It is a poet's website, and he is publishing all of Kafka in many languages, if the translators authorize free publication.
He is a strange poet: strange, because he used to write poetry in Esperanto, and maybe he still does!
That is like making a drawing with a typewriter the way Churchill bravely did to explain the setting in his first book, probably because a manual drawing would have been more expensive to print.
From "The River War"_______________________________________
Nervi's website publishes all of Kafka's short stories and parables, beautiful to read, hard to understand except à la longue, i.e. little by little, the way one ends up understanding a strange dialect or even a new language: you will fail if you try to do a lot in one sitting.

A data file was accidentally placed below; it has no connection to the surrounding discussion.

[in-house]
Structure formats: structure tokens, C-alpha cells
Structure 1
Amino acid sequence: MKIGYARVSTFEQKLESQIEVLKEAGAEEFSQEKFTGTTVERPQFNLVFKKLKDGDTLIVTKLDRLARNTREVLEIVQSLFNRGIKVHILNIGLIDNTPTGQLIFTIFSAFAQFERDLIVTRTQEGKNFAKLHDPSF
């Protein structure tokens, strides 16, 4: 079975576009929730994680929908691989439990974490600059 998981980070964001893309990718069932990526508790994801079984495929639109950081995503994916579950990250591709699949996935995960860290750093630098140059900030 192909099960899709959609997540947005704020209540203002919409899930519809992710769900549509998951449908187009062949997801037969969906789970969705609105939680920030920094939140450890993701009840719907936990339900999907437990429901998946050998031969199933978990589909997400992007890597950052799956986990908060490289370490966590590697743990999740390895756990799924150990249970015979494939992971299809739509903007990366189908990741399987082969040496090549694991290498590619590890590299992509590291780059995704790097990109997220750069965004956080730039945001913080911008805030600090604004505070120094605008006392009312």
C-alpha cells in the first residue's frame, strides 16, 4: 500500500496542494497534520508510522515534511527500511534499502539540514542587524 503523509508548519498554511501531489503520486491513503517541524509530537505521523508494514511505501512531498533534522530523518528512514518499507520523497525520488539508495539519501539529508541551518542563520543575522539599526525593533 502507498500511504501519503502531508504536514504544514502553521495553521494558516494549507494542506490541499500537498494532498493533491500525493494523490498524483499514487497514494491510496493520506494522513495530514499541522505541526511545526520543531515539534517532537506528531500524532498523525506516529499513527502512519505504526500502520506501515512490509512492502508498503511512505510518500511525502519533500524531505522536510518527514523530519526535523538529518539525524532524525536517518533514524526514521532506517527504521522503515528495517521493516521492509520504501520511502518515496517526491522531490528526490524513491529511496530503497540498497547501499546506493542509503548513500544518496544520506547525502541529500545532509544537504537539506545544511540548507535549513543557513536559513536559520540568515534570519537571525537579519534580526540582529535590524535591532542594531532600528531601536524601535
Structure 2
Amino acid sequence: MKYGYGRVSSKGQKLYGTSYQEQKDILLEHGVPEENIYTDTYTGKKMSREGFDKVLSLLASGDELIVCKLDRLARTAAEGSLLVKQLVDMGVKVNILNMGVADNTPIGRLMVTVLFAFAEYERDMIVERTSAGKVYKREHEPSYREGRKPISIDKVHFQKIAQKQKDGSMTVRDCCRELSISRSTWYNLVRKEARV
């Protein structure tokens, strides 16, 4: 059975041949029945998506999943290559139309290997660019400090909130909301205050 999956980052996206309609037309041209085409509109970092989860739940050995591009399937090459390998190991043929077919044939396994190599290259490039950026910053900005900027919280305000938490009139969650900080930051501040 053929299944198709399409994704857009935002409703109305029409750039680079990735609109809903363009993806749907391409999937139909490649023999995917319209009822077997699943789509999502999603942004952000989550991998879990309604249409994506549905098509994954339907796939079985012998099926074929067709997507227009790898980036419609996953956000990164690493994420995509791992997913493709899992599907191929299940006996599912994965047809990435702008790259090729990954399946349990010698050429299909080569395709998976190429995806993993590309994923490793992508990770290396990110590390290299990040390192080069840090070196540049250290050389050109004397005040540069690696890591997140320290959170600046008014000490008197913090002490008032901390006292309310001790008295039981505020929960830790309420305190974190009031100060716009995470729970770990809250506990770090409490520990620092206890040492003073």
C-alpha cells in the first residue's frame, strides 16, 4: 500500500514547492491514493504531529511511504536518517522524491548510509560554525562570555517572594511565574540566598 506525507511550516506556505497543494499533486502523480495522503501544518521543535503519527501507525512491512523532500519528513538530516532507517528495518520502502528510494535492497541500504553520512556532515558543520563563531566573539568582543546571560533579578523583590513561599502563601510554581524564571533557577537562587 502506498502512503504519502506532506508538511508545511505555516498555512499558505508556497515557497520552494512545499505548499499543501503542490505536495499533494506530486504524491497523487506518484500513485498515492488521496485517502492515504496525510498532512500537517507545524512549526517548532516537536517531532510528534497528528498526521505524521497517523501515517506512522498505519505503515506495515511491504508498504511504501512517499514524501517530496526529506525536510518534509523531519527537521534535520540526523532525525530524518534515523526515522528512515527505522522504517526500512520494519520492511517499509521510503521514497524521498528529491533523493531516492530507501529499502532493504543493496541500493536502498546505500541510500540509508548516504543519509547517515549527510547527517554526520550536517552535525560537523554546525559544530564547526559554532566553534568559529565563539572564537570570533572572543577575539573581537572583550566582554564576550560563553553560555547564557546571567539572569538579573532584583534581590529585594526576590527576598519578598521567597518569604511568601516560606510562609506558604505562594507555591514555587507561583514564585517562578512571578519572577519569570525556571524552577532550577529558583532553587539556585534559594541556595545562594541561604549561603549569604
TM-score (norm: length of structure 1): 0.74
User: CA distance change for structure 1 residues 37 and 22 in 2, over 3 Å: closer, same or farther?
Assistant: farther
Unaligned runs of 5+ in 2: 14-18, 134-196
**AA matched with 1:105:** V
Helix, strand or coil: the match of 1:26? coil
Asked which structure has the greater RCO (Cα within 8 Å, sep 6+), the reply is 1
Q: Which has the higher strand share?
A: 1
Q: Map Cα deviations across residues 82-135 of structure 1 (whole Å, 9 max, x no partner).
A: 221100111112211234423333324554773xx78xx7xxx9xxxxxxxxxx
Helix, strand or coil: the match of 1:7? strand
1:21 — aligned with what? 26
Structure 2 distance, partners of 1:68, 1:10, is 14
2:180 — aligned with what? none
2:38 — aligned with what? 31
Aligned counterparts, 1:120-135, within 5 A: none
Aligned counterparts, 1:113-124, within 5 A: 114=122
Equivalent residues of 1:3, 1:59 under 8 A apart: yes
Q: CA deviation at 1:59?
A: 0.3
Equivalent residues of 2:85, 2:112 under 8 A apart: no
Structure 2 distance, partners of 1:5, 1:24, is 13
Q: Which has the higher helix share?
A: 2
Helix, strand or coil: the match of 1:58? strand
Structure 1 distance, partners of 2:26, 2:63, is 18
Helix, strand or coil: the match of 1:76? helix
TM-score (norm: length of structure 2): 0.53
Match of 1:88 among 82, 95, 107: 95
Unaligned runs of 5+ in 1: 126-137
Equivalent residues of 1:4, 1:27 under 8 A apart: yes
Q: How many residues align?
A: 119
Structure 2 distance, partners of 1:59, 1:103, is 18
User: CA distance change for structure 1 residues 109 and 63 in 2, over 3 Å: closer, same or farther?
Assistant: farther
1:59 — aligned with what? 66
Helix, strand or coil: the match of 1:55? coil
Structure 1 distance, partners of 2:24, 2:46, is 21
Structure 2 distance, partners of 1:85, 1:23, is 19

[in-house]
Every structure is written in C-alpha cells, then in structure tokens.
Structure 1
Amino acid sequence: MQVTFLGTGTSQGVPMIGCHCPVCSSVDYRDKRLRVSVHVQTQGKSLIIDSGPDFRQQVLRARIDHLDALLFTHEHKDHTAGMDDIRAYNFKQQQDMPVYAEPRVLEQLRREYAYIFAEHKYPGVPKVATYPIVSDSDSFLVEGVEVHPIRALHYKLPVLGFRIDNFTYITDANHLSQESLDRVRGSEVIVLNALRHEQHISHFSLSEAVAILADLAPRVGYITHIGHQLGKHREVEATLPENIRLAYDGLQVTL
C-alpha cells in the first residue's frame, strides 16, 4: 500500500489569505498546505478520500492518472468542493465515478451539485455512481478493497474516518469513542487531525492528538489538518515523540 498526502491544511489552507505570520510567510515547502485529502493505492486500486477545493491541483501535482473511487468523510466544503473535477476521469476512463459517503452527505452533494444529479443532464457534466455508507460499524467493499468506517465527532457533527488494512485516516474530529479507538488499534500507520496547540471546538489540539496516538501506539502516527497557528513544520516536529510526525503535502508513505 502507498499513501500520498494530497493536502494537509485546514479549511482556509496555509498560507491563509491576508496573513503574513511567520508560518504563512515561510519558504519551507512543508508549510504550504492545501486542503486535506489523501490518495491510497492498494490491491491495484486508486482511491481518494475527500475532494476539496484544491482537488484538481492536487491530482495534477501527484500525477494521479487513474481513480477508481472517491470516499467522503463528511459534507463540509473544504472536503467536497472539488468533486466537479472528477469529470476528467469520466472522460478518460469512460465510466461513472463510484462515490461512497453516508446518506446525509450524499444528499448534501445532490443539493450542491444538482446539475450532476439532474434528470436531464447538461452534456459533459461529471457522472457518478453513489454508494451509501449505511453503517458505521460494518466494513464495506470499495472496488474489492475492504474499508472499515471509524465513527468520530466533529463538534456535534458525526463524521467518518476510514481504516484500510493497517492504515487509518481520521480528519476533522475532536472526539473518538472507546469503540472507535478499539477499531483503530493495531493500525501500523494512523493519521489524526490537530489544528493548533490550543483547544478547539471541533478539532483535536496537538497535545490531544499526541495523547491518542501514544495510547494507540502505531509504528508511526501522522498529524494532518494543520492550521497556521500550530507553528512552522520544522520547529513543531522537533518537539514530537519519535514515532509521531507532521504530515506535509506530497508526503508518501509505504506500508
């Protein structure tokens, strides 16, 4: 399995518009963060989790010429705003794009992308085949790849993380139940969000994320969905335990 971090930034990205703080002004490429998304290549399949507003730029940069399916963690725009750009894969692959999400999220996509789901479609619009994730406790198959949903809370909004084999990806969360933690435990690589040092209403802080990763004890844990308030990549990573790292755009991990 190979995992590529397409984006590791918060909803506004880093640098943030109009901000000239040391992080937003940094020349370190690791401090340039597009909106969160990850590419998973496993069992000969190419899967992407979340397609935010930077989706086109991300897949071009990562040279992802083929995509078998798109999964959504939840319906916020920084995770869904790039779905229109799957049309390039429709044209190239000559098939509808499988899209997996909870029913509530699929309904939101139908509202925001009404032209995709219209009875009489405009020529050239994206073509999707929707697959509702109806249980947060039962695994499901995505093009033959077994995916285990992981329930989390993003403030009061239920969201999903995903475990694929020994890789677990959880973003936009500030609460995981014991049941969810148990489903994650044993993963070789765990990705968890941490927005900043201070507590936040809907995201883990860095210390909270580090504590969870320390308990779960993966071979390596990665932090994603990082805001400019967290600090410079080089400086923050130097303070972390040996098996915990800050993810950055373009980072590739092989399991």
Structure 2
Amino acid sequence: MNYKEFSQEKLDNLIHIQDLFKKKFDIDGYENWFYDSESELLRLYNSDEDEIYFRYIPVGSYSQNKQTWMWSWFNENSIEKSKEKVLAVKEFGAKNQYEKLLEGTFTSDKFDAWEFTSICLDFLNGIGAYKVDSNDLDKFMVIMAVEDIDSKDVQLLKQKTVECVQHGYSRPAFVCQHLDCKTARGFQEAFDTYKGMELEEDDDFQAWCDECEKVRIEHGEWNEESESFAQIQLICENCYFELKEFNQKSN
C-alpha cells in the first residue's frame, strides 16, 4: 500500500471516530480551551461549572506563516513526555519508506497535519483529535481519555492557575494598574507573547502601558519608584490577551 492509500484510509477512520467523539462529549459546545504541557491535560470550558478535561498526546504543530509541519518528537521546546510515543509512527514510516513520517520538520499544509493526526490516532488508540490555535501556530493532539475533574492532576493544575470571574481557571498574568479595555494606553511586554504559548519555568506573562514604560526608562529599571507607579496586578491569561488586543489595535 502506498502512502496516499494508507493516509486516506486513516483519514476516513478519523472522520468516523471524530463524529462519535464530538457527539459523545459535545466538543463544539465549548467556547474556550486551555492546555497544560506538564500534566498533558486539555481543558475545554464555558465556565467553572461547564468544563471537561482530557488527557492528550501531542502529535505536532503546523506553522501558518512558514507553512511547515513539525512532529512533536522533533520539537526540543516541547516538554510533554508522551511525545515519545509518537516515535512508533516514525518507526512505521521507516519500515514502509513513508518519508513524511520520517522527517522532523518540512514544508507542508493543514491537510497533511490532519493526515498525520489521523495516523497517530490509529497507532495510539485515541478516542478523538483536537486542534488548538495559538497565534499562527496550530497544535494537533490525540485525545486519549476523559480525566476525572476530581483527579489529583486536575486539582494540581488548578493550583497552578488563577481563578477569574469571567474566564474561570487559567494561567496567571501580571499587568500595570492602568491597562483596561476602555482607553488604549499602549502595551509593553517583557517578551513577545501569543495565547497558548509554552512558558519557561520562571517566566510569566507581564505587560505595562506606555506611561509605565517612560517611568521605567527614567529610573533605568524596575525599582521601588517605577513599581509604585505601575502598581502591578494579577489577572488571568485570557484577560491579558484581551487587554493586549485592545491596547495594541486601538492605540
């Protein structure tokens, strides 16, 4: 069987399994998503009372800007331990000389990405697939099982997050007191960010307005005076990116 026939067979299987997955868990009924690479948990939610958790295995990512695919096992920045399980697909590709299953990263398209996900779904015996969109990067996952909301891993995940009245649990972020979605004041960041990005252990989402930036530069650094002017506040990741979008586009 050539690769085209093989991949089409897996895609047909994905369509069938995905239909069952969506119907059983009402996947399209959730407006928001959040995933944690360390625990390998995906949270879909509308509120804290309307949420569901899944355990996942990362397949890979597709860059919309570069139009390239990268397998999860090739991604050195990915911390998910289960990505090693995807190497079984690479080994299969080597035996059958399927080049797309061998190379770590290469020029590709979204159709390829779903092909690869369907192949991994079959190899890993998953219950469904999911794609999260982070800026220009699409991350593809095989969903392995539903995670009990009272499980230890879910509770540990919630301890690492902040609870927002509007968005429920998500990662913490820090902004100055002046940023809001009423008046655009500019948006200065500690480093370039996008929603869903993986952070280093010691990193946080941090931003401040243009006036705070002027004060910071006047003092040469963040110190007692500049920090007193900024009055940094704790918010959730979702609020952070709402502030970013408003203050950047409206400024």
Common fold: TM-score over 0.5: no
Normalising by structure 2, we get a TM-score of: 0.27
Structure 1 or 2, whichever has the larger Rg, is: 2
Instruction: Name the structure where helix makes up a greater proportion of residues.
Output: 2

And as to the idea of writing poetry in Esperanto..... unless you mean simply things that happen to rhyme?
The real languages have big roots deep in the past, even in religion and myth, as well as many smaller, delicate roots in the minds of the great more recent poets and their readers. Compared to that, a novel language is a word list with a Gebrauchsanweisung.
Ian Johnston's English translations are free at his website at http://records.viu.ca/~johnstoi/index.htm
By the way, these authors that attack Proust for writing long sentences and even measured one of those sentences with a string and said it would have wrapped 17 times around a wine bottle ...... have they looked at Kafka's?
Long sentences can be very beautiful. They are not necessarily of the garden path variety, and even those depend on the designer.
Reading a long sentence by Kafka, Shakespeare, or Proust in the original language feels more like a trip in one of these
As it starts lifting, its trajectory is nature's spell.